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BMW 3-Series (E90 E92) Forum > E90 / E92 / E93 3-series Technical Forums > Wash, Wax, Detailing and Cosmetic protection/repairs > When Understandable Logic Becomes Experiential Belief



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      04-27-2020, 08:49 PM   #1
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When Understandable Logic Becomes Experiential Belief

*** AS I'VE BEEN POSTING NEW PICTURES OF THE PANELS THAT I'VE BEEN CORRECTING AND POLISHING, I DECIDED TO MAKE THIS THREAD A RUNNING UPDATE OF MY DETAILING PROGRESS. HOPE YOU ENJOY! ***


There are two schools of thought when you learn things. The first is "Understandable Logic", or simple comprehension through understanding a series of facts that defines a particular thing, whether it's a physical object, a process, an idea, etc. The other is "Experiential Belief", or confirming the logic by experiencing it yourself.

For instance, when you're a child, your parents told you that the stove was hot, and you shouldn't touch it. At some point, you experienced warm soup and cold milk, so you knew the difference between hot and cold, but you were told the stove was "hot", so you only knew this by logic. It wasn't until you actually touched the stove and burned your hand or finger that you learned by experience and confirmed the logic that it gets hot.

Now that we've set that stage... Over the last few weeks I have been polishing my new black E91 328i with great results. From cut to finish, I have been removing the drive through car wash swirls, spider webs, and love marks from the previous owner. I first worked on the roof, then the hood, then the driver's side over several days (non-sequential).

My kit includes a [prev. gen] Griot's 6" DA polisher and their new generation 3" DA. The old 3" was not powerful enough, even at the highest setting, so I exchanged it for the new one. It came in last week and I was really excited to give it a go. Prior to receiving the polisher, I had done the driver's side fender and doors last Sunday. Based on time and getting into dinner, I decided to stop there and do the rear quarter another day.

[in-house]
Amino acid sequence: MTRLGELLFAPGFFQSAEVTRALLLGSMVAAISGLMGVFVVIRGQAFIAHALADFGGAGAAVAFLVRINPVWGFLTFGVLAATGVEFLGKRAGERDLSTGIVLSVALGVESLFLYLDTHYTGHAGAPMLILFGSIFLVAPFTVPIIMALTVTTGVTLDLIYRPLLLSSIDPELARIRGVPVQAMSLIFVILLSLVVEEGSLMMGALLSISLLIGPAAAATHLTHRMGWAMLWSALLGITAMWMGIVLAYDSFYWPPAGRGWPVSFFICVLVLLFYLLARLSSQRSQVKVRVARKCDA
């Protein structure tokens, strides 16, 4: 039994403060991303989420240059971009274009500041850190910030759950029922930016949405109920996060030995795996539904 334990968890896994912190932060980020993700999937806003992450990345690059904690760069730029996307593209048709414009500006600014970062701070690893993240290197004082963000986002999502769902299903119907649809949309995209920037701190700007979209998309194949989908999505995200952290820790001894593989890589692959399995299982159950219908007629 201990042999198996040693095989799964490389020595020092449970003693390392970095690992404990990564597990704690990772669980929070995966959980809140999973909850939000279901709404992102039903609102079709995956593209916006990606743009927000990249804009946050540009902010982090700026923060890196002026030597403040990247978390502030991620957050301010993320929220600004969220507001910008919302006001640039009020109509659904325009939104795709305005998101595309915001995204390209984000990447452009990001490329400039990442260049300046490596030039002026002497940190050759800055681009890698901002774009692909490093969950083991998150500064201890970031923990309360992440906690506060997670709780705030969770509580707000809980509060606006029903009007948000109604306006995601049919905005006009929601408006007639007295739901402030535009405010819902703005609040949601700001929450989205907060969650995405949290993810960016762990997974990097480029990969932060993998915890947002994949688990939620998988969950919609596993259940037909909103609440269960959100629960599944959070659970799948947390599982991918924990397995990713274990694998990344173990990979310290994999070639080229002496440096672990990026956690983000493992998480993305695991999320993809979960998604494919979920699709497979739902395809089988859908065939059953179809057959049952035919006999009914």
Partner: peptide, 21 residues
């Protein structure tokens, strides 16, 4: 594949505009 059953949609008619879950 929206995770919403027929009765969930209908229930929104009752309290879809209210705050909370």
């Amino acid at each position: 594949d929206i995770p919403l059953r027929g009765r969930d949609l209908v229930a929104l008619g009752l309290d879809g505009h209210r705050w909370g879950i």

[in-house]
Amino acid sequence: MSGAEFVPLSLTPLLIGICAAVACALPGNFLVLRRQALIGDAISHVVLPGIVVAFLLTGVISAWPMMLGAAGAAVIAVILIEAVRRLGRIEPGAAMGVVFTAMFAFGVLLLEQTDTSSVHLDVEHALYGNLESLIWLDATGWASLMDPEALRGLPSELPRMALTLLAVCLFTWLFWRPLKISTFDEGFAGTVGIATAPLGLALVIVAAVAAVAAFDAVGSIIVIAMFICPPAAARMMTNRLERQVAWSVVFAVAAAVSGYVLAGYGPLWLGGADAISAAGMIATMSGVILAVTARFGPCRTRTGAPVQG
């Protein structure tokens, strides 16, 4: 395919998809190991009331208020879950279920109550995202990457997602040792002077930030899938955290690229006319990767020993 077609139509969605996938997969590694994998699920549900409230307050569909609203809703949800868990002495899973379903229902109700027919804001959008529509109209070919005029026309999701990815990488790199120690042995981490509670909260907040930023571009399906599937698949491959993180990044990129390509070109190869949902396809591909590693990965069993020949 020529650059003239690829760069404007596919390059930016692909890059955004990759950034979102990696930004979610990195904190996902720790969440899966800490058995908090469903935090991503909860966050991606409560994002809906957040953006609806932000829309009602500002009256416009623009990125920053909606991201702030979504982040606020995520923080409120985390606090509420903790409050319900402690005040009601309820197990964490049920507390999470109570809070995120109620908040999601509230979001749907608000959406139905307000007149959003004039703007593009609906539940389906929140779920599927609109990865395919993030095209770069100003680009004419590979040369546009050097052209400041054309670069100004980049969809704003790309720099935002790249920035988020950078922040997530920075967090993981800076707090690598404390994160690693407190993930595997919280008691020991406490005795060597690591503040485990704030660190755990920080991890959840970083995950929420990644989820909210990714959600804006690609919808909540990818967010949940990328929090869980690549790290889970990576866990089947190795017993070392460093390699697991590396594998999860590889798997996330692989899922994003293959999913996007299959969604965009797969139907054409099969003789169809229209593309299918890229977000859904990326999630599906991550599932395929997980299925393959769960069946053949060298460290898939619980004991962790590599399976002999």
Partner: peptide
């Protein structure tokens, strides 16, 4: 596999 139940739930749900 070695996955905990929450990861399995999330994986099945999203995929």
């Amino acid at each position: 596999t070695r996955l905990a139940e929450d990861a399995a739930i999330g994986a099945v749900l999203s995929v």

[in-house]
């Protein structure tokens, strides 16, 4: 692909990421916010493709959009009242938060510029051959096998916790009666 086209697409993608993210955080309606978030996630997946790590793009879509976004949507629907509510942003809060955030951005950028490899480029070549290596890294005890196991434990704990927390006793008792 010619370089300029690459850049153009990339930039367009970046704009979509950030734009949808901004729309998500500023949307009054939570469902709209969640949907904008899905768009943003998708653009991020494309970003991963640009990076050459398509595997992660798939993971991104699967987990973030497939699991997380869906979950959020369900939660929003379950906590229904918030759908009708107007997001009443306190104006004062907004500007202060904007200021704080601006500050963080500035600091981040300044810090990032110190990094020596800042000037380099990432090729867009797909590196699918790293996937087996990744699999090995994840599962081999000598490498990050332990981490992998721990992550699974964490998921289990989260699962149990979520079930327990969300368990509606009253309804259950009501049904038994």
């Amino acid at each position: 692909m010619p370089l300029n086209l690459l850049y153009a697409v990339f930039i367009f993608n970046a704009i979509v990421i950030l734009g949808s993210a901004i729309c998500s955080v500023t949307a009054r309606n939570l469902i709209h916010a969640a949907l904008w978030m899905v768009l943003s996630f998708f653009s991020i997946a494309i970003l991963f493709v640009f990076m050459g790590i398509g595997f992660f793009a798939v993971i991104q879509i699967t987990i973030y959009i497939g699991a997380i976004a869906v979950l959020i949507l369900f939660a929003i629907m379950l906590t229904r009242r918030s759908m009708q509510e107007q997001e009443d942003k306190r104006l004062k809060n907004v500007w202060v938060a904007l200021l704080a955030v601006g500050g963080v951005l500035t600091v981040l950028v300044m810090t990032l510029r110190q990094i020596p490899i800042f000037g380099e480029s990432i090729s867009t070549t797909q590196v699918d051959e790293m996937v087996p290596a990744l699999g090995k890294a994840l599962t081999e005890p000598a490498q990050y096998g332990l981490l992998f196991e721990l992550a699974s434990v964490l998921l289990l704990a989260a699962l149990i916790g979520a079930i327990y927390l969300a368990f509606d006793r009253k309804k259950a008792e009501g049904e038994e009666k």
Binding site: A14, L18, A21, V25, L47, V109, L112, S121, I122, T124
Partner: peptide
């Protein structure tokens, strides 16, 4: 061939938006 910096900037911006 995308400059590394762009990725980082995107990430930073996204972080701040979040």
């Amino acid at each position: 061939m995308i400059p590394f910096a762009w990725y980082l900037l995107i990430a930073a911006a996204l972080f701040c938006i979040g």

The body panels on the E9x's have quite a lot of peaks and valleys. This can make it very challenging when polishing with large diameter pads. While the two doors were relatively easy to tackle with a 6" pad, I felt that the "shoulder" line heading into the rear quarter panel was getting more prominent. Understanding the dynamics of pads, surface area, and speed, I figured a 6" polisher would do fine on the upper shoulder and lower bumper. I'd use a 3" DA on the spot between the fender flare and the shoulder line. This area had some very noticeable horizontal scratches.

However, something was "off" the night I started the rear panel. I never felt like I was in a groove. The car wasn't positioned where I usually put it when I'm polishing, it was cloudy and rainy, so there wasn't much natural light coming in (time was around 6pm EST), and I just wasn't focused on a plan. I started with a mild approach, and I wasn't getting the cut I wanted, so I made some adjustments until things were improving. There were still horizontal scratches under the shoulder line, so I switched to the 3" DA.



The first couple passes made improvements, but I started feeling heavy vibration from the machine, which didn't feel normal. As I let up I noticed a blemish the size of a large almond. I knew right away what I had done. I was "scalloping" my movements up into the shoulder line to work on the scratches, but in doing so, the bottom edge of the pad created more friction and heat, ultimately drying out the pad. This resulted in the pad biting and scouring the paint until the velcro on the back of the pad began to loosen and separate from the backing plate; that was the vibration I felt. Either the pad burned the paint or the backing plate touched it. The sickness in my stomach started boiling and I just had to call it a night.





THE MORAL OF THE STORY

3" polishing pads create friction and heat quicker than larger pads, because they have less surface area and they hold less polishing liquid. Also, the new Griot's G8 mini polisher is 3 times more powerful than the previous generation, so Speed 6 is more like 11.

Make a plan and stick to it. Create a procedure to follow and stick to it, making small changes if you need to. Examine every surface you're going to polish. Place a pad up against the area and make sure you're using the right size. Pay attention to the high and low spots. Creases and curves can be difficult (and dangerous) if you're not careful. And don't just jump into a polishing session, just because you got a new toy, or in this case, a polisher.

I failed to make a plan,
I failed to follow my procedures,
I made mistakes.